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Web 2.0: Upgrade or Revolution?

  |  November 14, 2005   |  Comments

Do you really need another personal home page? With new disruptive standards and technologies and a strong focus on openness and sharing, we can do better than upgrades. Join the revolution!

Do I really need another personal home page? According to Microsoft's recent announcement of Windows Live and new offerings from a host of small startups, it seems I do -- all under the Web 2.0 banner.

True, Windows Live is about more than a configurable home page, although that's what you currently get (and a bad one at that) at live.com. And, it's cool to be able to drag and drop; collapse; expand; and read news, RSS (define) feeds, email, and the weather all from one place. But I've been doing that for the past several years on My Yahoo Other than the cool AJAX (define) hacks, what's new here? What am I missing?

There are two ways to approach things labeled "2.0." One is as feature upgrades. The other is as opportunities for a small revolution, to change, even to break, the rules of 1.0. Software vendors typically think of 2.0 as a big feature upgrade opportunity. That seems to be what we're witnessing with most of the Web 2.0 craze.

I have one word for that: boring!

Yes, the Web needs feature upgrades. The Internet has evolved into a complex ecosystem, and feature upgrades happen in an organic popularity-contest kind of way. RSS, and the ensuing explosion of Web syndication, was a great upgrade. Not for its technical merits, but for its lack of sophistication and the way it changes and decentralizes content distribution.

Its success and impact seem to have come from its very lack of technical sophistication and, by association, lack of complexity. RSS has gained momentum because it's spam-free and easy to implement. It was the right idea at the right time done right. Yet RSS is something most people probably don't want to know about, just as they don't want to know about HTML. I predict the less we hear about it, the greater its effect.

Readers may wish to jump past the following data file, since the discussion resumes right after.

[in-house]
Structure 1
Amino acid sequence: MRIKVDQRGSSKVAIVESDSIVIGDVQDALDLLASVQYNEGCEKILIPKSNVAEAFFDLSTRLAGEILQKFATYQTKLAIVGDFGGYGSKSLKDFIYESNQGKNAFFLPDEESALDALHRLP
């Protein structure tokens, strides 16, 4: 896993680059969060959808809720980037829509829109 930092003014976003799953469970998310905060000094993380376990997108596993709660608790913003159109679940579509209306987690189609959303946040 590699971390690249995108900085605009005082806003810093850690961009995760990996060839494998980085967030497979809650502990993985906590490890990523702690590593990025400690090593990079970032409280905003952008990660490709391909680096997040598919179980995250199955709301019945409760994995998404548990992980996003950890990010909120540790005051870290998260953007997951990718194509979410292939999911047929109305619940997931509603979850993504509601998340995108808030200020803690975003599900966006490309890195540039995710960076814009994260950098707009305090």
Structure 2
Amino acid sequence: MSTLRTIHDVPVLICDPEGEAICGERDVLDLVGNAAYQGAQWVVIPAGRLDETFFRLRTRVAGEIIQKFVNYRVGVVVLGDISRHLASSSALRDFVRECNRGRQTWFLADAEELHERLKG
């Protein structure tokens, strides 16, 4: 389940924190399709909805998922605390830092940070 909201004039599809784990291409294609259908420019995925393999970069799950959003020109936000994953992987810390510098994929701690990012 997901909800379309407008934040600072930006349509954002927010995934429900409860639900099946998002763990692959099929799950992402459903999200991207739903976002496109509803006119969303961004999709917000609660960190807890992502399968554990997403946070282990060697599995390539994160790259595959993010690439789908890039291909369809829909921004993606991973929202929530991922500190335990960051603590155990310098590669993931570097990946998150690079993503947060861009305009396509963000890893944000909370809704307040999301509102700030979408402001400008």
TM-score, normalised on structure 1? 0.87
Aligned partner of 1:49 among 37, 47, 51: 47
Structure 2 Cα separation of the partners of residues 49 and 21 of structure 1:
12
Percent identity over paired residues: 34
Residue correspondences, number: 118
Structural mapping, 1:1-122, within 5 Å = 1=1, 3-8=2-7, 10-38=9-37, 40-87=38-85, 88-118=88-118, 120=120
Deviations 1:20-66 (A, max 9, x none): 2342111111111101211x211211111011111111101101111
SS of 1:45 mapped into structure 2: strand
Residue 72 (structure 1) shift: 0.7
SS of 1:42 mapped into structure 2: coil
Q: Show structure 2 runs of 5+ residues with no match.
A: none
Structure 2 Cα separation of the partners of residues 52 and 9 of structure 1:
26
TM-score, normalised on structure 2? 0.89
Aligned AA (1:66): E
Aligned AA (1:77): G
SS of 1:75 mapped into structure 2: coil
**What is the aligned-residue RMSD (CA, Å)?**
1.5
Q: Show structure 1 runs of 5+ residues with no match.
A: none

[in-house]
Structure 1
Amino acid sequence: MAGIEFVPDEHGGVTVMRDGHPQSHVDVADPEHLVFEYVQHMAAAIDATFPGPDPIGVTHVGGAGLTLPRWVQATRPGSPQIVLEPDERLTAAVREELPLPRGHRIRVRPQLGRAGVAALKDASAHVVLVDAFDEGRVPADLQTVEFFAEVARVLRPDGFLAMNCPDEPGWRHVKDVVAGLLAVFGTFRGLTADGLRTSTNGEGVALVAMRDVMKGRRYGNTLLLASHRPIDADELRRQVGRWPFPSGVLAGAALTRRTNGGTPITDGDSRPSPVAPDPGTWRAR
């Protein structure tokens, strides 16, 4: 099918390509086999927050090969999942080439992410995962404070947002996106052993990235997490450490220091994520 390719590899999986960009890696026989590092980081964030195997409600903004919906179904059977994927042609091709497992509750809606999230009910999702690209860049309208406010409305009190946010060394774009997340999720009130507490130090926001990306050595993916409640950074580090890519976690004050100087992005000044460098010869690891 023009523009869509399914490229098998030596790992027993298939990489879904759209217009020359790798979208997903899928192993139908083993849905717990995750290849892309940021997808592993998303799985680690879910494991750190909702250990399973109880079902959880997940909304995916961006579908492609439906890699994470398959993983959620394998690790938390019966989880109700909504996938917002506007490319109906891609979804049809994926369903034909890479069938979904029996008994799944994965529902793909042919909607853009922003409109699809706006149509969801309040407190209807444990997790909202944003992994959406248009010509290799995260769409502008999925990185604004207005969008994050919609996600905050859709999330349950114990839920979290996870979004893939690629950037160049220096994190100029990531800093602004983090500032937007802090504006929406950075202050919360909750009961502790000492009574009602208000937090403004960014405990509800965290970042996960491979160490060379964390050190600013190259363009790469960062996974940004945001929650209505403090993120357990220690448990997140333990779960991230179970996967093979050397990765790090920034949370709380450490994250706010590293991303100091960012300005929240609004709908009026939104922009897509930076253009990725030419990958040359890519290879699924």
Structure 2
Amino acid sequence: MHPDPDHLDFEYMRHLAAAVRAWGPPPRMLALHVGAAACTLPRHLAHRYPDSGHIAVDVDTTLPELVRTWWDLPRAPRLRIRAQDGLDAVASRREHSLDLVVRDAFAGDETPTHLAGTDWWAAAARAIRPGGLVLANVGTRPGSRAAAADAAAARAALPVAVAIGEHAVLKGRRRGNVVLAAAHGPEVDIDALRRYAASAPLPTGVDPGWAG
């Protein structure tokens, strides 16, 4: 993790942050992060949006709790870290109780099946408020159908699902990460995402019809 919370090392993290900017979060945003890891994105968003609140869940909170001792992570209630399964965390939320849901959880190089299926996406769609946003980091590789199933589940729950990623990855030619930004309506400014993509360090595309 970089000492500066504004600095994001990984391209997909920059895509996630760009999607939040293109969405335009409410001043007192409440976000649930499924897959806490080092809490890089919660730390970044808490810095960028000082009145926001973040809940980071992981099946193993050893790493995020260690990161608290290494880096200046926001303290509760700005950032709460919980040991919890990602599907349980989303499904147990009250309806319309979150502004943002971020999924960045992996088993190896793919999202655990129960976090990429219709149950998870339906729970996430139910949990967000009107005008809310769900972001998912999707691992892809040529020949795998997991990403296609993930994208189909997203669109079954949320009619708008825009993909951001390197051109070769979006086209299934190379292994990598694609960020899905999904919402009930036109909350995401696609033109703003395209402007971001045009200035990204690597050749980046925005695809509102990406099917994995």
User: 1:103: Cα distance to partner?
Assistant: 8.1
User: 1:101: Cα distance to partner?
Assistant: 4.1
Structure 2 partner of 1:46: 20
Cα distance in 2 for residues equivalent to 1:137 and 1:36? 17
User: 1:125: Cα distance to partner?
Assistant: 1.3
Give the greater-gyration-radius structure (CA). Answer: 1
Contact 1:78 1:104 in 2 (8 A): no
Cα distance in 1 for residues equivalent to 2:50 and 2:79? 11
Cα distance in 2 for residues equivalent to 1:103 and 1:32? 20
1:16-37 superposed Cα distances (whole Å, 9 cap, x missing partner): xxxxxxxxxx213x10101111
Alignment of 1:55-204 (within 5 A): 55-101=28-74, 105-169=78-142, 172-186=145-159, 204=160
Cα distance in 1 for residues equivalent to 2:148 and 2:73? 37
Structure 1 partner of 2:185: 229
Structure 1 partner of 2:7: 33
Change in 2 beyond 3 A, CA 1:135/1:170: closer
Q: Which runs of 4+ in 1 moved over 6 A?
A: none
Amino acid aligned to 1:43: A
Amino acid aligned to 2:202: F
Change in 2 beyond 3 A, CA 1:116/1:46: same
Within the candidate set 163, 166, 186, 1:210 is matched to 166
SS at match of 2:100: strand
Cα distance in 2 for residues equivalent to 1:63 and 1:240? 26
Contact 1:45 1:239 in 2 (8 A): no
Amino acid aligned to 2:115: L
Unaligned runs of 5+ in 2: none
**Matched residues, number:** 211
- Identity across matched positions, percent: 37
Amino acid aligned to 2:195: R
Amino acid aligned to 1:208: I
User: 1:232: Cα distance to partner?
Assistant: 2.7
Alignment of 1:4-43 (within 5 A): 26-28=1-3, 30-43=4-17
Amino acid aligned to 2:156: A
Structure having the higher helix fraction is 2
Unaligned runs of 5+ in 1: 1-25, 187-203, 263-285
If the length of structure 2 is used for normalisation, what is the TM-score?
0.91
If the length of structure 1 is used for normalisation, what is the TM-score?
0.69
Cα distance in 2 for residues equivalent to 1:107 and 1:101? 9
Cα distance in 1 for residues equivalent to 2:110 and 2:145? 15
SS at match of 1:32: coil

Syndication technologies are revolution enablers, but hardly revolutionary themselves. The same goes for cool AJAX hacks, streaming video over the Net, and ultra-configurable home pages. These things impress me as much as the next technology buff, but Web 2.0 could and should be so much more.

A small revolution isn't just necessary, it's inevitable. When we look at the big picture, we see new disruptive standards and technologies (define), a strong focus on openness and sharing, and one billion people accessing the Internet. We have fertile grounds for more than evolving upgrades.

In my revolutionary Web 2.0 category are:

  • The $100 laptop

  • The explosion of user-generated content

  • Creative Commons

  • Social sharing and exchanges that tap into collective knowledge and wisdom

  • Advertising models that enable free access to all information and services

  • Mash-ups (define) that continuously surface new, creative, sometimes destructive, and always unexpected and unplanned applications based on open and freely available services

Let's look beyond building new personal home pages and invent the kinds of things that will have a real outcome on the way we live, play, share, and communicate.

The same week it announced Windows Live, Microsoft announced something much more powerful, more Web 2.0 revolution-enabling than all the Live hoopla: it gave $5 million to the Open Content Alliance to support digitizing 150,000 books that will be placed on the Web, in the public domain. Now that's a 2.0 with revolutionary implications!

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ABOUT THE AUTHOR

Hans-Peter Brøndmo

Hans Peter BrØndmo has spent his career at the intersection of technological innovation and consumer empowerment. He is a successful serial entrepreneur and a recognized thought leader. His latest company, Plum, is a consumer service with big plans to make the Web easier to use. In 1996, he founded pioneering e-mail marketing company Post Communications. His recent book, "The Engaged Customer," is a national bestseller and widely recognized as the bible of e-mail relationship marketing. As a sought-after keynote speaker, he has addressed more than 50 conferences in the past three years, is often featured in national media, and has been invited to testify at two U.S. Senate hearings and an FCC hearing on Internet privacy and spam. Hans Peter is on the board of the online privacy certification and seal program of TRUSTe and several companies. He performed his undergraduate and graduate studies at MIT.

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